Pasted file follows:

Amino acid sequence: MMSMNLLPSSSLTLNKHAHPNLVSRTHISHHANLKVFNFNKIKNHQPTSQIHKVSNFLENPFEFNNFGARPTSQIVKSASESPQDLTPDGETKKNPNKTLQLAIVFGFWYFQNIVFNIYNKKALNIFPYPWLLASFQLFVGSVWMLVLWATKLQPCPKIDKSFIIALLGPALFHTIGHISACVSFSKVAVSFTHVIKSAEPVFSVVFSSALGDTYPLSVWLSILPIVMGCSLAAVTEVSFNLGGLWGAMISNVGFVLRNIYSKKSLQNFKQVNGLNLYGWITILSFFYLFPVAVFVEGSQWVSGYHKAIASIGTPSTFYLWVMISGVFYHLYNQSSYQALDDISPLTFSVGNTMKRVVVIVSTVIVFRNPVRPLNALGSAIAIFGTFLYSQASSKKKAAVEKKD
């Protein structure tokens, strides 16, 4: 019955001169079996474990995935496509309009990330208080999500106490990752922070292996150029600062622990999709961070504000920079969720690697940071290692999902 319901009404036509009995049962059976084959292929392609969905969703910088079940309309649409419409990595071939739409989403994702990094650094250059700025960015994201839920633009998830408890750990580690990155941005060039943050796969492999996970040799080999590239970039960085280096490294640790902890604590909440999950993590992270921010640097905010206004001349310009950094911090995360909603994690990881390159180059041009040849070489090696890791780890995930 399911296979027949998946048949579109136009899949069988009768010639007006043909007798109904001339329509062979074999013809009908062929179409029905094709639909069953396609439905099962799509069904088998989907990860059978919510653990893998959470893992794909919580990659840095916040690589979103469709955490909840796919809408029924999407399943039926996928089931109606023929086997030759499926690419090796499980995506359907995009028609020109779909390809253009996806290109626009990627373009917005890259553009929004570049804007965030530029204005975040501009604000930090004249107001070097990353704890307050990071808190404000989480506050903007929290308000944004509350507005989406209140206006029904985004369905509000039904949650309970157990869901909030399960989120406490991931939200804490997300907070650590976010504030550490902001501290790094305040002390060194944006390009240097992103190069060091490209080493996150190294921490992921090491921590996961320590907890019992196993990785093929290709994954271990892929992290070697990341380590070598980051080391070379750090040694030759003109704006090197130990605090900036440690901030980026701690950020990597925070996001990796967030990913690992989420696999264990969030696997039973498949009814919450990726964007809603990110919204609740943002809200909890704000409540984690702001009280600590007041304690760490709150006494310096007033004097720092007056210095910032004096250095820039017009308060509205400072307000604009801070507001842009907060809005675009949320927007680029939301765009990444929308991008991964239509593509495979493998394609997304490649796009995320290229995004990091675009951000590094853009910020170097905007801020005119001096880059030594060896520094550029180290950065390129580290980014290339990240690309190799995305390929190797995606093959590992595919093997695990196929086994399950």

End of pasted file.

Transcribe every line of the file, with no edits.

Amino acid sequence: MMSMNLLPSSSLTLNKHAHPNLVSRTHISHHANLKVFNFNKIKNHQPTSQIHKVSNFLENPFEFNNFGARPTSQIVKSASESPQDLTPDGETKKNPNKTLQLAIVFGFWYFQNIVFNIYNKKALNIFPYPWLLASFQLFVGSVWMLVLWATKLQPCPKIDKSFIIALLGPALFHTIGHISACVSFSKVAVSFTHVIKSAEPVFSVVFSSALGDTYPLSVWLSILPIVMGCSLAAVTEVSFNLGGLWGAMISNVGFVLRNIYSKKSLQNFKQVNGLNLYGWITILSFFYLFPVAVFVEGSQWVSGYHKAIASIGTPSTFYLWVMISGVFYHLYNQSSYQALDDISPLTFSVGNTMKRVVVIVSTVIVFRNPVRPLNALGSAIAIFGTFLYSQASSKKKAAVEKKD
């Protein structure tokens, strides 16, 4: 019955001169079996474990995935496509309009990330208080999500106490990752922070292996150029600062622990999709961070504000920079969720690697940071290692999902 319901009404036509009995049962059976084959292929392609969905969703910088079940309309649409419409990595071939739409989403994702990094650094250059700025960015994201839920633009998830408890750990580690990155941005060039943050796969492999996970040799080999590239970039960085280096490294640790902890604590909440999950993590992270921010640097905010206004001349310009950094911090995360909603994690990881390159180059041009040849070489090696890791780890995930 399911296979027949998946048949579109136009899949069988009768010639007006043909007798109904001339329509062979074999013809009908062929179409029905094709639909069953396609439905099962799509069904088998989907990860059978919510653990893998959470893992794909919580990659840095916040690589979103469709955490909840796919809408029924999407399943039926996928089931109606023929086997030759499926690419090796499980995506359907995009028609020109779909390809253009996806290109626009990627373009917005890259553009929004570049804007965030530029204005975040501009604000930090004249107001070097990353704890307050990071808190404000989480506050903007929290308000944004509350507005989406209140206006029904985004369905509000039904949650309970157990869901909030399960989120406490991931939200804490997300907070650590976010504030550490902001501290790094305040002390060194944006390009240097992103190069060091490209080493996150190294921490992921090491921590996961320590907890019992196993990785093929290709994954271990892929992290070697990341380590070598980051080391070379750090040694030759003109704006090197130990605090900036440690901030980026701690950020990597925070996001990796967030990913690992989420696999264990969030696997039973498949009814919450990726964007809603990110919204609740943002809200909890704000409540984690702001009280600590007041304690760490709150006494310096007033004097720092007056210095910032004096250095820039017009308060509205400072307000604009801070507001842009907060809005675009949320927007680029939301765009990444929308991008991964239509593509495979493998394609997304490649796009995320290229995004990091675009951000590094853009910020170097905007801020005119001096880059030594060896520094550029180290950065390129580290980014290339990240690309190799995305390929190797995606093959590992595919093997695990196929086994399950």